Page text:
Some thoughts from a session in the ESF's Solidarity Village. Most Free Software is based upon a gift economy. Bounties and exchanges of work in kind, combined with the practises of mentoring and commuting learning, place Hackers in a guild-like system. The fact that Hackers are willing to do a lot of their work with no compensation in a form recognised by today's financial markets, and yet create an exchange value recognised by those markets, opens them to the possibility of developing other kinds of markets with other kinds of compensation, within existing financial markets.
Ideally this would take the form of exchanging labour directly, for example: "I'll write some code for your project if you put together this graphic for mine". Hackers could receive contracts, pull together a team that could determine the relative value of each participants' contribution equitably, and then divide up the financial exchange value they receive in payment accordingly. In this way the company is replaced by (spontaneously formed) co-operatives, with the workers empowered to allocate their workload and timings on an equal basis. The role of capital still underpins the venture, but so long as the outcome is sufficiently good (which the free software movement ably demonstrates is possible) it has no further control over the production process.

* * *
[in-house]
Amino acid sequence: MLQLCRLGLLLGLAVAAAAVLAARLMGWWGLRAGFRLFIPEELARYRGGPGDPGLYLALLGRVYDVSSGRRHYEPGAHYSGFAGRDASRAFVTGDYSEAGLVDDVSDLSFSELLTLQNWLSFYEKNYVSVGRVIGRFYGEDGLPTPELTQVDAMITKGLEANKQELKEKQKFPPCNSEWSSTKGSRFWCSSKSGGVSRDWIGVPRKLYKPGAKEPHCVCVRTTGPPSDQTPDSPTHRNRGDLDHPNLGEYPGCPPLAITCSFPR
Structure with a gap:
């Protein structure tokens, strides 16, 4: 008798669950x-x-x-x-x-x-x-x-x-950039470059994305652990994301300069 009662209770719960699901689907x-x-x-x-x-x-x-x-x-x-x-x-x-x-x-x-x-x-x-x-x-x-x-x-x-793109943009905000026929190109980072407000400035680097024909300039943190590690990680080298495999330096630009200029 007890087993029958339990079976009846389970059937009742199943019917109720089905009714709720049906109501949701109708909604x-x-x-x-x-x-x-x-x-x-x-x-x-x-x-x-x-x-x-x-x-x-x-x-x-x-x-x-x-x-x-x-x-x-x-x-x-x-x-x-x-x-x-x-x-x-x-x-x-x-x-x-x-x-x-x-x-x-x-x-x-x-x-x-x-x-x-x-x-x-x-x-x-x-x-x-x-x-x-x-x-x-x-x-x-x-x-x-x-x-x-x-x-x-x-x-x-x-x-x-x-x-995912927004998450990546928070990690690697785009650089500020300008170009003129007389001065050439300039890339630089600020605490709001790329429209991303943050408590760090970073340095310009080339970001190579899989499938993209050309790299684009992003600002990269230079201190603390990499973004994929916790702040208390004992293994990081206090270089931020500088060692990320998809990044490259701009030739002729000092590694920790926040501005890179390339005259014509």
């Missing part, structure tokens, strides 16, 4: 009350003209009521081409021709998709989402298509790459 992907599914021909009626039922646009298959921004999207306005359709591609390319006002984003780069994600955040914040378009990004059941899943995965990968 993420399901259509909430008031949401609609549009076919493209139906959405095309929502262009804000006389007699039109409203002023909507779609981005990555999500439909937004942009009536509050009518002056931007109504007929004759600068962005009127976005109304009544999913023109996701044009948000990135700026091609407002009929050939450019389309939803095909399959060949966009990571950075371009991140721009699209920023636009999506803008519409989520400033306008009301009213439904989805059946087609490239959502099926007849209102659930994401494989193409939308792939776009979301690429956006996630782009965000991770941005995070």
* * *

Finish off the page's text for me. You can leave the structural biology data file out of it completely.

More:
As these ventures grow, it would become advantageous for Hackers to begin trading amongst themselves. This would require either setting agreed exchange values upon their labour, so that two Hackers could agree, for example, on how much code a graphic is work, or an extremely amiable code of conduct to emerge. And this space is something that schemes like Local Exchange Trading Systems might be able to fill in the future.